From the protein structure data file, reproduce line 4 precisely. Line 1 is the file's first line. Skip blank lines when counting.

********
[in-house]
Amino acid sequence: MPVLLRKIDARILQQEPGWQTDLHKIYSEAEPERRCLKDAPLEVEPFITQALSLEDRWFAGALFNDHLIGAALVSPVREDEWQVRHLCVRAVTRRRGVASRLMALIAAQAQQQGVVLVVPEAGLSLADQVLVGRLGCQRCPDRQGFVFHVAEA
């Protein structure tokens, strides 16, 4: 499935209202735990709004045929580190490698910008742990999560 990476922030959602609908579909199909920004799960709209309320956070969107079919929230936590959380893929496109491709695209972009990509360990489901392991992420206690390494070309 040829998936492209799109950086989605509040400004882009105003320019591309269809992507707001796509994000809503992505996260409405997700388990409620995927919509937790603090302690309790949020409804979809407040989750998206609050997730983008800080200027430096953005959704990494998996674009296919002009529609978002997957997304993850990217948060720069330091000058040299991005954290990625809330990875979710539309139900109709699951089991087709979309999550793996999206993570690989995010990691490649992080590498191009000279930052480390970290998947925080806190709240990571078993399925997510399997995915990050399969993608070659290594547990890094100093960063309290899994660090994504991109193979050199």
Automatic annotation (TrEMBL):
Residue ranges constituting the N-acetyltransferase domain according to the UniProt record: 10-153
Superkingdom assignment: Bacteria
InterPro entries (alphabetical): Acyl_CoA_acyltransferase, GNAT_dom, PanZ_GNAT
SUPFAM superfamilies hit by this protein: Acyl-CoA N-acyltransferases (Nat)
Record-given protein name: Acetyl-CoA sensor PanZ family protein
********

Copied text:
Automatic annotation (TrEMBL):